There’s a painful reality every investor eventually faces… paying taxes on their profits to Uncle Sam.

But what if I told you there’s a way to avoid coughing up a portion of your gains to the government… and it’s completely legal?

It’s a “loophole” used by the super-rich for years. But few Americans know about it.

Here’s how powerful this loophole is…

According to a recent report by ProPublica, PayPal founder Peter Thiel used it to turn a tiny grubstake of $1,664 in 1997 into a $5 billion fortune today.

And when Thiel decides to retire, he’ll be able to withdraw as much of that money as he wants without owing any tax at all.

He won’t pay income tax. He won’t pay capital gains tax. And it’s almost certain he won’t pay any state or local tax, either.

Under current federal tax law, Thiel could owe as much as 37% of that $5 billion to the government. Instead, he’ll likely keep the extra $1.85 billion for himself.

Thiel isn’t the only wealthy American benefitting from this loophole. According to the same report…

Hedge fund manager Randall Smith had $252 million in this type of account… Robert Mercer, another hedge fund manager, had $31.5 million… And even Warren Buffett, who frequently argues for higher taxes on the rich, had more than $20 million in one.

Today, I’ll tell you what this loophole is… and how you can use it to create the “holy trinity of retirement investing.”

A Dead Senator’s Crowning Achievement

You’ve almost certainly heard of Individual Retirement Accounts (IRAs). They allow you to save extra money outside of employer-provided pensions and 401(k) plans.

You can contribute to these accounts and invest in securities like stocks, mutual funds, and ETFs. And you won’t pay taxes on your initial investment or gains until you start making withdrawals at age 59½.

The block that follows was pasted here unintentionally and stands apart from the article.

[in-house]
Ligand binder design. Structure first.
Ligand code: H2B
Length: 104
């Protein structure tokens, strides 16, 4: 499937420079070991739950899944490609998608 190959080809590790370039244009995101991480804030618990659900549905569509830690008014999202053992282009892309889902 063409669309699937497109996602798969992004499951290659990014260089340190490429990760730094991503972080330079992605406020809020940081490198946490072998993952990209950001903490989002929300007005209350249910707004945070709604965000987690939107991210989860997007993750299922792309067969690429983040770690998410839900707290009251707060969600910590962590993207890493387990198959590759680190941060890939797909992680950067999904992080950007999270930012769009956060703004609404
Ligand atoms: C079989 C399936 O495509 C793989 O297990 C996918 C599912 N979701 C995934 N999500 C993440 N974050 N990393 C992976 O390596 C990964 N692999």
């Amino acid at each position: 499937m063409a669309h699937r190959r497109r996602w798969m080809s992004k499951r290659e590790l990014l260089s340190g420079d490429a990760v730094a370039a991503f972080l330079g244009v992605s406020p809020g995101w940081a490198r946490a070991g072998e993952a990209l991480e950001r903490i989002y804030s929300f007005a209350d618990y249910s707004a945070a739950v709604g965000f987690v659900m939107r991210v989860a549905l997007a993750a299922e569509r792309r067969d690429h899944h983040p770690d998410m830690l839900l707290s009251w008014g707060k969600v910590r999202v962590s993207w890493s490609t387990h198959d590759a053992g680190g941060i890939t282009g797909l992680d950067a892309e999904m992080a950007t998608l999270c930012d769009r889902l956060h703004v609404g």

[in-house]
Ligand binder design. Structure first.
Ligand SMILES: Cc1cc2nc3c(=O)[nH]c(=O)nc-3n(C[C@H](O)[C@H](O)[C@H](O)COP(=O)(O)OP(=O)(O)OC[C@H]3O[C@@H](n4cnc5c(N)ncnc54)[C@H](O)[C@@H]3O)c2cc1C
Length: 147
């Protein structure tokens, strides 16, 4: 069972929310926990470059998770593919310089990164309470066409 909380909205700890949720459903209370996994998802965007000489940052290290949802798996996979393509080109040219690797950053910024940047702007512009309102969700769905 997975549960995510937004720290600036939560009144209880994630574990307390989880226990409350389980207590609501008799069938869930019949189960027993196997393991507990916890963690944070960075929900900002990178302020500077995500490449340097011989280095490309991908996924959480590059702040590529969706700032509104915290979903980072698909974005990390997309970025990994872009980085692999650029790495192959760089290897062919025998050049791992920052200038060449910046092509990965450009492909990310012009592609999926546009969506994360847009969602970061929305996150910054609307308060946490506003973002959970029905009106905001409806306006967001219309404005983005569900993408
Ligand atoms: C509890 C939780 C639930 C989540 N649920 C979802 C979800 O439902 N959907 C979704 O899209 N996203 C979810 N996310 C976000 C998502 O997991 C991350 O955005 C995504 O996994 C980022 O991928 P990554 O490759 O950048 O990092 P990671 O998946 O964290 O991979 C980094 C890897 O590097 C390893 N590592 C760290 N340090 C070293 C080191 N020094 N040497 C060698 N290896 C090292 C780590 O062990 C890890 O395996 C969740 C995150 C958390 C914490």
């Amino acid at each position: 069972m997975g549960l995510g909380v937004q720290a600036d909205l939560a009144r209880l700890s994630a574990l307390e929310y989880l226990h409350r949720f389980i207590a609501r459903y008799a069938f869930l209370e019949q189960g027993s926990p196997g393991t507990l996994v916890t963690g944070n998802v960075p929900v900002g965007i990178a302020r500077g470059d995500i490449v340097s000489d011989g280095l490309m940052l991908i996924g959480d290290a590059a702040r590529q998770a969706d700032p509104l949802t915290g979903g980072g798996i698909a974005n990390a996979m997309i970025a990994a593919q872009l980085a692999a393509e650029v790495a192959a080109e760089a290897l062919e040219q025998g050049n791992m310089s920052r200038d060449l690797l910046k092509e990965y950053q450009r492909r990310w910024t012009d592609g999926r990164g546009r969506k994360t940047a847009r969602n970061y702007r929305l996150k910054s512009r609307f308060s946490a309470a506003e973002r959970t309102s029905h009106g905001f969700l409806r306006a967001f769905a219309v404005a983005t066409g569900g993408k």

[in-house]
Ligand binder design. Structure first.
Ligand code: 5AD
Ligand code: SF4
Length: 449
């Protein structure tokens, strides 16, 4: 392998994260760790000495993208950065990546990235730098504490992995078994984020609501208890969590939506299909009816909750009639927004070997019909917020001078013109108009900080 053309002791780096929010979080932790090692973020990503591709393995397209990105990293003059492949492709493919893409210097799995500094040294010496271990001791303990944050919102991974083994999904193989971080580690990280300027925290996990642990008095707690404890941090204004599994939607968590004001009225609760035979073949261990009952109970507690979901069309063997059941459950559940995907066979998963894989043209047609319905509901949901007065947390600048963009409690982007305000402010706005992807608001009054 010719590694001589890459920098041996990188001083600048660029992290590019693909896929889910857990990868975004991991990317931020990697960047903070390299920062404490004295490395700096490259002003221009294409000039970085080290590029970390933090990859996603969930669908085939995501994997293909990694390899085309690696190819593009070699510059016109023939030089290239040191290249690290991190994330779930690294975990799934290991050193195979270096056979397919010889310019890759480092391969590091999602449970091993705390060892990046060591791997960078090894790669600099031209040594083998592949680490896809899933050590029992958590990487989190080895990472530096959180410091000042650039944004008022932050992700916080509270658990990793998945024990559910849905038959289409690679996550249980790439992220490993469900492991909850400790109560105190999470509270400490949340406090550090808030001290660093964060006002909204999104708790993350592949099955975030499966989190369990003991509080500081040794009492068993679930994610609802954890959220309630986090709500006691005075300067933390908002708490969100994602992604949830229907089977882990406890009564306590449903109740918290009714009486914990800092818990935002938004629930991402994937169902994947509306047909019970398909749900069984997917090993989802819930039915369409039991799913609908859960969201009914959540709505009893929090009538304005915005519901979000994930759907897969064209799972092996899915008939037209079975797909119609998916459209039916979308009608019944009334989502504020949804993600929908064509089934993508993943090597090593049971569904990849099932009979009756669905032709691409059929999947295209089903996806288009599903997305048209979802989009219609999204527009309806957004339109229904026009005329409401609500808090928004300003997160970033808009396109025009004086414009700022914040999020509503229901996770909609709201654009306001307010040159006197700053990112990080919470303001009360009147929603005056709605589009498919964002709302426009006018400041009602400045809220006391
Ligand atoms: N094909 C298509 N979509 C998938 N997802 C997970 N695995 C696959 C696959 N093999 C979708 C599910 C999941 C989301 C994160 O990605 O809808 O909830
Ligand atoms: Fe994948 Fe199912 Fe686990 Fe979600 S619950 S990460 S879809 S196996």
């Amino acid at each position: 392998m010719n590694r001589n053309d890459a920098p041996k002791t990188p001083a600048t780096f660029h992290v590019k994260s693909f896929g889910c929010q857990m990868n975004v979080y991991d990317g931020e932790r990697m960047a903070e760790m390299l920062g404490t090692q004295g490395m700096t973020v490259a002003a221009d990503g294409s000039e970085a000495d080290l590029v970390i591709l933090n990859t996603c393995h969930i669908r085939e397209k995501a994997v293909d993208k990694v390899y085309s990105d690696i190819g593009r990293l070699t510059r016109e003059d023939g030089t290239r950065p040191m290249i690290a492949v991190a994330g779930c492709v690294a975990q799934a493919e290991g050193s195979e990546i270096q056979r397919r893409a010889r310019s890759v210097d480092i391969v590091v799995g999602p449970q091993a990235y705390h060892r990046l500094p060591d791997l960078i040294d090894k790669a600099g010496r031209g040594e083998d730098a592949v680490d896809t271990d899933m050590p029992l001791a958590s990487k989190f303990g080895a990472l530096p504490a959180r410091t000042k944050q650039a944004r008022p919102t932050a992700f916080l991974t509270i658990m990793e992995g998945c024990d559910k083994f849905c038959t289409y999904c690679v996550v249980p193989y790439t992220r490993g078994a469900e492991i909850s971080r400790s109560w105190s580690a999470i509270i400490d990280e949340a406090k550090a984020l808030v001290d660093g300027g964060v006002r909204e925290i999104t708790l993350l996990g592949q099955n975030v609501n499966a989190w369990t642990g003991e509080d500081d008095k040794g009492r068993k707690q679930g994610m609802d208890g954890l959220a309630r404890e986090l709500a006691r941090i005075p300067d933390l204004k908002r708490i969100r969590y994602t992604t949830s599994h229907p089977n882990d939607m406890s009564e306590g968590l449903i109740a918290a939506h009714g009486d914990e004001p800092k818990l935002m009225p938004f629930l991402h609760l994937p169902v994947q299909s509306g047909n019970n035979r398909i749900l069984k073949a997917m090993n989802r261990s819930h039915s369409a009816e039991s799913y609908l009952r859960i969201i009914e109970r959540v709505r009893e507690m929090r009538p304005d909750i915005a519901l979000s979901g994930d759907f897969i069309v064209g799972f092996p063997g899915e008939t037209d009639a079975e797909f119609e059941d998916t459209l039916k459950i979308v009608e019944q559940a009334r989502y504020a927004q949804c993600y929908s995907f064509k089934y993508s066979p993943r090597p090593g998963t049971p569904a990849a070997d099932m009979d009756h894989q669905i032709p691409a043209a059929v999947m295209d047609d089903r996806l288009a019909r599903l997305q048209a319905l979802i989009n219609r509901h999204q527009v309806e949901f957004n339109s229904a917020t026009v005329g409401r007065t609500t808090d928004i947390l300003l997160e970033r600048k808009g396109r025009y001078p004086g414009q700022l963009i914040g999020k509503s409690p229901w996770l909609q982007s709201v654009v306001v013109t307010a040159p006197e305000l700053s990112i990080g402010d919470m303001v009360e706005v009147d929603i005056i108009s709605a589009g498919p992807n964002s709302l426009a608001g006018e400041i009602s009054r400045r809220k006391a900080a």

(Money taken out before then is subject to both regular taxation and a 10% early withdrawal penalty, but there are some hardship exceptions.)

Lawmakers have made changes to these accounts over the years – everything from increasing contribution limits to creating entirely new types of IRAs.

But the Taxpayer Relief Act of 1997 created a new type of retirement account called the Roth IRA (named after the bill’s sponsor, Sen. William Roth of Delaware).

Up until then, investors were only allowed to contribute pre-tax money into their IRAs.

But in exchange for paying taxes upfront, investors using Roth IRAs would never have to pay taxes on their accounts again… no matter how big the accounts got.

The table below shows you how Roth IRAs differ from traditional IRAs.

Traditional IRAs Roth IRAs
You contribute pre-tax money and can save on your current taxes by lowering your taxable income (subject to certain income caps). You contribute after-tax money, with no upfront tax-savings.
Your contributions and earnings are subject to taxation upon withdrawal. Your contributions and earnings will never be taxed again, if you meet the basic withdrawal guidelines.
You must stop contributing and begin withdrawing money at age 70½. No minimum withdrawal requirements and you can continue contributing as long as you have earned income.

Note: The above information is for general tax purposes only and doesn’t cover every aspect of IRAs. We encourage you to consult with an accountant or tax adviser regarding your specific financial situation.

Right now, more than 60 million Americans have IRAs. And almost all of those are with traditional Wall Street brokerages.

That means their owners are limited to investing in traditional assets like stocks, funds, and money markets.

Wall Street loves this because they can extract plenty of commissions and fees from IRAs for decades on end.

But as I’ve repeatedly pointed out, the traditional assets of Wall Street won’t move the needle on your net worth.